The GoPro HERO7 White is the company’s entry-level model, although the term “entry-level” is a little hard to apply to a camera so powerful. The HERO7 White has most of the same features as the other HERO7 models, with one big difference: the camera is limited to HD (1080p) video and doesn’t shoot in 4K. That’s not as big of a deal as it sounds. The resulting video is still excellent, and the price break more than justifies the concession in resolution. The GoPro HERO7 Silver is another good option for anyone looking for a good middle ground between the HERO7 White and HERO7 Black. It records in 4K at 30 fps, and it even has on-board GPS like its more expensive counterpart. If you need a dependable, affordable 4K camera and you don’t mind that the battery isn’t user-replaceable, the HERO7 Silver is your best option.
Although obvious, I put this here first because this is one of the most important factors when purchasing your camera. The HERO3 has three editions (white, silver and black), ranging from $199 - $399 (prices continue to drop annually as newer versions are released -- we'll keep you updated on those). The HERO2's are at the bottom of this gap, but aren't as "new" and lack some features the 3's have (they're discontinued at this point but can be found on the net here and there).

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From standard bike mounts, to suction cup mounts, to aerial mounts for drones, you’ll be hard pressed to find an object a GoPro can’t be attached to by some means or another (a pair of zip-ties will even often get the job done, for a DIY approach). Add waterproofing and the ruggedization of GoPro’s most recent action cams, and you have yourself a nearly indestructible camera that can be placed anywhere you can imagine. We’ve compiled a list of some of our favorite GoPro accessories.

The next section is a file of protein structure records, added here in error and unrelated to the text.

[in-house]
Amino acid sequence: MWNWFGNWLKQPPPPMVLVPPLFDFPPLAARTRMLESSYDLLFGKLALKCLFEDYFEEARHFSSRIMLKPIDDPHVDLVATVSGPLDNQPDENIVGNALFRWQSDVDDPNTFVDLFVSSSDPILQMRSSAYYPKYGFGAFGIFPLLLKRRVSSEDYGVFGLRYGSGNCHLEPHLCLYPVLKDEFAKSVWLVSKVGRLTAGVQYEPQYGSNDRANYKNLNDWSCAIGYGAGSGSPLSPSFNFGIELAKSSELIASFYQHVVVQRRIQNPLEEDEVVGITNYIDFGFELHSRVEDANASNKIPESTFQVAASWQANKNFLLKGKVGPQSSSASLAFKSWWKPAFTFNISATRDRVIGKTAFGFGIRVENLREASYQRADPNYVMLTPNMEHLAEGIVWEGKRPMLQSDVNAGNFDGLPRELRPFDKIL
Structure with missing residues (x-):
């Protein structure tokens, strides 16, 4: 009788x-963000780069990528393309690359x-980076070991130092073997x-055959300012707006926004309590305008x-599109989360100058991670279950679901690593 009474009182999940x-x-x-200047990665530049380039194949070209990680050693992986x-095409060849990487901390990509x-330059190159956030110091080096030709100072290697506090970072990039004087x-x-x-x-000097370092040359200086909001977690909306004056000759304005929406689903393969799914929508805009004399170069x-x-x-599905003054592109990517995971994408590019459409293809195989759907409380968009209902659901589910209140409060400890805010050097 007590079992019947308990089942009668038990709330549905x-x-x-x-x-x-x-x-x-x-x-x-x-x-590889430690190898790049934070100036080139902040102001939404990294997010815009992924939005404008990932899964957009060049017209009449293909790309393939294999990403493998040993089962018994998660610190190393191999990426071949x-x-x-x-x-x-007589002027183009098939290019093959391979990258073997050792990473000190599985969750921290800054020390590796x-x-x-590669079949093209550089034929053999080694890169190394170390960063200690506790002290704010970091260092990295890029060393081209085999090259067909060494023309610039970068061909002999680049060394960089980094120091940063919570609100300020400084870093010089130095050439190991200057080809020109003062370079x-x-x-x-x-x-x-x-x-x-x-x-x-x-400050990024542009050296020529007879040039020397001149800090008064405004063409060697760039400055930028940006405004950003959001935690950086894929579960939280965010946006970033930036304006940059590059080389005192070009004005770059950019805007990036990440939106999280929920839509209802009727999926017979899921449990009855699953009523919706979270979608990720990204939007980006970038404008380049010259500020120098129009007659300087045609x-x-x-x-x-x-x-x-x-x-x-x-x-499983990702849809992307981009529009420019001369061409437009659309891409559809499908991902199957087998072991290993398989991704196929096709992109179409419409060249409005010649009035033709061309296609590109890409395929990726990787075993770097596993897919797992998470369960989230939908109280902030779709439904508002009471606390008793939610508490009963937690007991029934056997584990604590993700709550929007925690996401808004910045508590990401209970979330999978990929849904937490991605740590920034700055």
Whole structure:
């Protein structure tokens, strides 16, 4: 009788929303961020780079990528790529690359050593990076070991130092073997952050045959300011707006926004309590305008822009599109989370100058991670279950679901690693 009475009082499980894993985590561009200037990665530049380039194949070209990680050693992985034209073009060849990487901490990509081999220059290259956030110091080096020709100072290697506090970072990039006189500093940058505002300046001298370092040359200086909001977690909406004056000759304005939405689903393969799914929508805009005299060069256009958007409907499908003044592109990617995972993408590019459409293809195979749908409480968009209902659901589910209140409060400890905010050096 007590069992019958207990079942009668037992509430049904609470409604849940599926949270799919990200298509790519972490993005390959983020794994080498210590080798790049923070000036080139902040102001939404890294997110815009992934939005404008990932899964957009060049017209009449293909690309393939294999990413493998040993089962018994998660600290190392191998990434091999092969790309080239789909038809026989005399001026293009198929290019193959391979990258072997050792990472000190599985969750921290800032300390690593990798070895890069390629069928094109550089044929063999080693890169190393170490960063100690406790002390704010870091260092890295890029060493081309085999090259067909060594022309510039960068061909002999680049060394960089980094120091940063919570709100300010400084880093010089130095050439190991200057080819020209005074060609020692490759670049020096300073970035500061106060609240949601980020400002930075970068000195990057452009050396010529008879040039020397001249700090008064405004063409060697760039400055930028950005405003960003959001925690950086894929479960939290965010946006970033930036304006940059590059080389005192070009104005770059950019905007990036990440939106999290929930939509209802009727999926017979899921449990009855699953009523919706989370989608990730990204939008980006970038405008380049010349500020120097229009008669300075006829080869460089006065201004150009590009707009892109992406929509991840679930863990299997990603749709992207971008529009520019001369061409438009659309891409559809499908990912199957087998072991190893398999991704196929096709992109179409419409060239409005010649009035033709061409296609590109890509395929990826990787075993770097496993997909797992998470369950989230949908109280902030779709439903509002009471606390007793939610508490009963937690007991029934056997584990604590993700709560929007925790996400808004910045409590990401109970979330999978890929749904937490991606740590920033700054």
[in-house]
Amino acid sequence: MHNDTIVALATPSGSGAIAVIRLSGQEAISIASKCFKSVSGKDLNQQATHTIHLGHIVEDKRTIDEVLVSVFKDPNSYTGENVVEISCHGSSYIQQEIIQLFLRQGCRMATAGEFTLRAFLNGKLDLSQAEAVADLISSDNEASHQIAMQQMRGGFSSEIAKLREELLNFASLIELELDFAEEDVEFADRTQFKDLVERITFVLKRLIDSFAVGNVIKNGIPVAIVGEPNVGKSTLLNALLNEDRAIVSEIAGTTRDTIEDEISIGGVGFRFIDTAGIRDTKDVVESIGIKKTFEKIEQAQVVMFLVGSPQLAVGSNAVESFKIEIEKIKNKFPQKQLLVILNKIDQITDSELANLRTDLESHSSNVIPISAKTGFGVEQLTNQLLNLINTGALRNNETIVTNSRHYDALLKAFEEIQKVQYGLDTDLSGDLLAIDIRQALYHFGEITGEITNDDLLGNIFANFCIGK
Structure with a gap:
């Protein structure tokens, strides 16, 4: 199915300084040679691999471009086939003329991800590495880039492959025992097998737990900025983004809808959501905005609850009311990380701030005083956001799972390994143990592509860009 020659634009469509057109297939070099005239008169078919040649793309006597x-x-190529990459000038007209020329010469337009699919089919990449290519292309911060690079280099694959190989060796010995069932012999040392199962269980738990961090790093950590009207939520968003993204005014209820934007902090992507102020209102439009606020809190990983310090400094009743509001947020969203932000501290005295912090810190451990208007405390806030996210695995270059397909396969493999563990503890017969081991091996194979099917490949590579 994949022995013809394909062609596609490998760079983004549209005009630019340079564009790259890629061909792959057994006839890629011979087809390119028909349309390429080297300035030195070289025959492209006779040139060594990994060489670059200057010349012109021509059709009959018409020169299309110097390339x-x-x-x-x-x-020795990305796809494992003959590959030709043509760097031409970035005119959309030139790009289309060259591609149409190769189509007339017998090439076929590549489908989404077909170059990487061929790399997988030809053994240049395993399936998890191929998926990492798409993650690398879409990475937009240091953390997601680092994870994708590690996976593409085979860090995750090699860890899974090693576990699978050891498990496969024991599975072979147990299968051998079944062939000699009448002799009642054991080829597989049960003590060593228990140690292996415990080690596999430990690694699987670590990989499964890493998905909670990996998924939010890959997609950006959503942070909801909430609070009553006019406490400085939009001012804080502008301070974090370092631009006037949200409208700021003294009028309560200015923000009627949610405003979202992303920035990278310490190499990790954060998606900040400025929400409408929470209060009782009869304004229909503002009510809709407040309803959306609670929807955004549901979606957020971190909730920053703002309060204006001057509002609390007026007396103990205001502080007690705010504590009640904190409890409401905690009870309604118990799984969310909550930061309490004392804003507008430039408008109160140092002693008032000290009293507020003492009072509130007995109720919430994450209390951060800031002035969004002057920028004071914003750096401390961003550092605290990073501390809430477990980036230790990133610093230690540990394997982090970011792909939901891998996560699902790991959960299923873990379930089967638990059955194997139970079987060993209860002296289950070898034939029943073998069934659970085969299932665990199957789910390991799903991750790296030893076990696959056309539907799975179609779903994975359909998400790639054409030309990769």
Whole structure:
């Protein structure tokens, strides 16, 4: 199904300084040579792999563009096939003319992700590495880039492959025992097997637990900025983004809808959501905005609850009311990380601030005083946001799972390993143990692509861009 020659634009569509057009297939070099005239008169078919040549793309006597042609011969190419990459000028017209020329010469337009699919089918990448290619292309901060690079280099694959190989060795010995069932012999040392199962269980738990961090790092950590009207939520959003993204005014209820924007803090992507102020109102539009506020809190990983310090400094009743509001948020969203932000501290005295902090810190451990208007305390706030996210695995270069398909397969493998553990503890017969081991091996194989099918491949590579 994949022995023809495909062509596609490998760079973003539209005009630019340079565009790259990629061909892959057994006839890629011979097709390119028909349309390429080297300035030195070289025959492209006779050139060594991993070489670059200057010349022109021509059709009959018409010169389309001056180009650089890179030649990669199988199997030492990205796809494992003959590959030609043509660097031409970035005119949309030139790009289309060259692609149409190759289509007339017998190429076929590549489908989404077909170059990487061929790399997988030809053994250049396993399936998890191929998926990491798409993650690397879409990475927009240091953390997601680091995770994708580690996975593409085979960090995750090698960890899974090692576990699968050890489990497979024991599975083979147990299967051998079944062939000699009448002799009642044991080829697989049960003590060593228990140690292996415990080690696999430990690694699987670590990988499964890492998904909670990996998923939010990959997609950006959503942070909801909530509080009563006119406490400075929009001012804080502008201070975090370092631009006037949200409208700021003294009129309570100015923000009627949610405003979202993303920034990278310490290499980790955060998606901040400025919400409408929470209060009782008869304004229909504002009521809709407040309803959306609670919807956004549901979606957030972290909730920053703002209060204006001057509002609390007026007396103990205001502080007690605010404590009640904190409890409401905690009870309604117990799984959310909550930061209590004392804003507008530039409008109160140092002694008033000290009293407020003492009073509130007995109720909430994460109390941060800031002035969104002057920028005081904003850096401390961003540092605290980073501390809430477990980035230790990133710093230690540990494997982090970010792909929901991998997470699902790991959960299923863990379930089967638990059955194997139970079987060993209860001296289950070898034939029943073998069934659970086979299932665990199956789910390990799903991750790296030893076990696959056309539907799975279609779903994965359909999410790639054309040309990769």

Some GoPro cameras have user-replaceable batteries, and some don’t. If you need a camera for camping or several days away from home, you’re going to want the former. If you buy a GoPro camera with a swappable battery, you can keep extras with you, so you’ll never miss filming the perfect moment. On the other hand, if you’ll only be using your camera for an hour or two at a time, you can save money by getting a model without a user-replaceable battery.
The reason I ask what you will be using it for is to determine which set of features you need. If you're going to be using it for simpler activities, don't go all out for a Black edition with a 60fps, 1080p cam (all HERO3's are 1080p, anyways). The reason the Black Edition is so expensive is because of the crazy quality it has, and if you're using it for a more simple basis I wouldn't worry about the difference. The Silver or even White is perfectly fine for you. The main difference between these two is the white's camera has a 5 megapixels with 3fps burst while the silver is 11 megapixels with a 10 fps burst -- is that worth $100 to you?

Is GoPro still the best?


GoPro is leading the charge toward consumer-created virtual reality (VR) environments, and their first VR-ready cameras make it happen with what they’ve dubbed “spherical capture,” which is pretty accurate, given the 360° field of view they record. VR is still a nascent technology, but it’s definitely the future. If you’re an early adopter, you’ll want to pick up a GoPro with spherical capture.

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